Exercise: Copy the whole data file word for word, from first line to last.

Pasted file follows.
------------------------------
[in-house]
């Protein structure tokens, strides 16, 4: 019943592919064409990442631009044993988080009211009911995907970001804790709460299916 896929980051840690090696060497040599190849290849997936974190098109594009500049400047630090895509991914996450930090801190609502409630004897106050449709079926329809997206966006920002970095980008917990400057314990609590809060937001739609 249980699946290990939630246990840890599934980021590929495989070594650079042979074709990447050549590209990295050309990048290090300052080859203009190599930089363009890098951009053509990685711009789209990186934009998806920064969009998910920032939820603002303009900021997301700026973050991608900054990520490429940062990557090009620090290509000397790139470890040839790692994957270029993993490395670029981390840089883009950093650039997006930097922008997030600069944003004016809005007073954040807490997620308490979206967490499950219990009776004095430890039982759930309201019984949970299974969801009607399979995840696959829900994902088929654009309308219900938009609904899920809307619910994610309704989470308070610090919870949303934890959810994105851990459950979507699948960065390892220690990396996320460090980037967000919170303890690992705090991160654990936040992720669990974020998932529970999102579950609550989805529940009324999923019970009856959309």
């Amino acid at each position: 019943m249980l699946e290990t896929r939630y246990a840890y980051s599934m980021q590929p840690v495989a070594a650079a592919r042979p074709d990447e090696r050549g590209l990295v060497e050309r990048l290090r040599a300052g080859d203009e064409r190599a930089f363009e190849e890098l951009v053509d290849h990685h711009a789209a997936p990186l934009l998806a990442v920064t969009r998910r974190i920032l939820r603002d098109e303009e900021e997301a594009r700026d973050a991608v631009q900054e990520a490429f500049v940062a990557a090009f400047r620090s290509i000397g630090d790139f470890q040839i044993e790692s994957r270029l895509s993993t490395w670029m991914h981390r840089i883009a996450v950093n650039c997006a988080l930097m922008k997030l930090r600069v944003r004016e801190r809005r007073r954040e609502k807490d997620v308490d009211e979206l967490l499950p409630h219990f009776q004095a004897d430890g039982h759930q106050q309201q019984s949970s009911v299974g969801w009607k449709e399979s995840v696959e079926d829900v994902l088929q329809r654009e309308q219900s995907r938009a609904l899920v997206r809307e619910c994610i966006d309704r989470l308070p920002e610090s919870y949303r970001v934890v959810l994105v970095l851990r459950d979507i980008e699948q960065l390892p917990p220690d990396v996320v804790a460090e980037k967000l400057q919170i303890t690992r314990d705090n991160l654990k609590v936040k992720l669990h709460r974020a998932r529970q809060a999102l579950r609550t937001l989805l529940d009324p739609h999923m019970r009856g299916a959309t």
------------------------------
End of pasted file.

[in-house]
């Protein structure tokens, strides 16, 4: 019943592919064409990442631009044993988080009211009911995907970001804790709460299916 896929980051840690090696060497040599190849290849997936974190098109594009500049400047630090895509991914996450930090801190609502409630004897106050449709079926329809997206966006920002970095980008917990400057314990609590809060937001739609 249980699946290990939630246990840890599934980021590929495989070594650079042979074709990447050549590209990295050309990048290090300052080859203009190599930089363009890098951009053509990685711009789209990186934009998806920064969009998910920032939820603002303009900021997301700026973050991608900054990520490429940062990557090009620090290509000397790139470890040839790692994957270029993993490395670029981390840089883009950093650039997006930097922008997030600069944003004016809005007073954040807490997620308490979206967490499950219990009776004095430890039982759930309201019984949970299974969801009607399979995840696959829900994902088929654009309308219900938009609904899920809307619910994610309704989470308070610090919870949303934890959810994105851990459950979507699948960065390892220690990396996320460090980037967000919170303890690992705090991160654990936040992720669990974020998932529970999102579950609550989805529940009324999923019970009856959309």
């Amino acid at each position: 019943m249980l699946e290990t896929r939630y246990a840890y980051s599934m980021q590929p840690v495989a070594a650079a592919r042979p074709d990447e090696r050549g590209l990295v060497e050309r990048l290090r040599a300052g080859d203009e064409r190599a930089f363009e190849e890098l951009v053509d290849h990685h711009a789209a997936p990186l934009l998806a990442v920064t969009r998910r974190i920032l939820r603002d098109e303009e900021e997301a594009r700026d973050a991608v631009q900054e990520a490429f500049v940062a990557a090009f400047r620090s290509i000397g630090d790139f470890q040839i044993e790692s994957r270029l895509s993993t490395w670029m991914h981390r840089i883009a996450v950093n650039c997006a988080l930097m922008k997030l930090r600069v944003r004016e801190r809005r007073r954040e609502k807490d997620v308490d009211e979206l967490l499950p409630h219990f009776q004095a004897d430890g039982h759930q106050q309201q019984s949970s009911v299974g969801w009607k449709e399979s995840v696959e079926d829900v994902l088929q329809r654009e309308q219900s995907r938009a609904l899920v997206r809307e619910c994610i966006d309704r989470l308070p920002e610090s919870y949303r970001v934890v959810l994105v970095l851990r459950d979507i980008e699948q960065l390892p917990p220690d990396v996320v804790a460090e980037k967000l400057q919170i303890t690992r314990d705090n991160l654990k609590v936040k992720l669990h709460r974020a998932r529970q809060a999102l579950r609550t937001l989805l529940d009324p739609h999923m019970r009856g299916a959309t």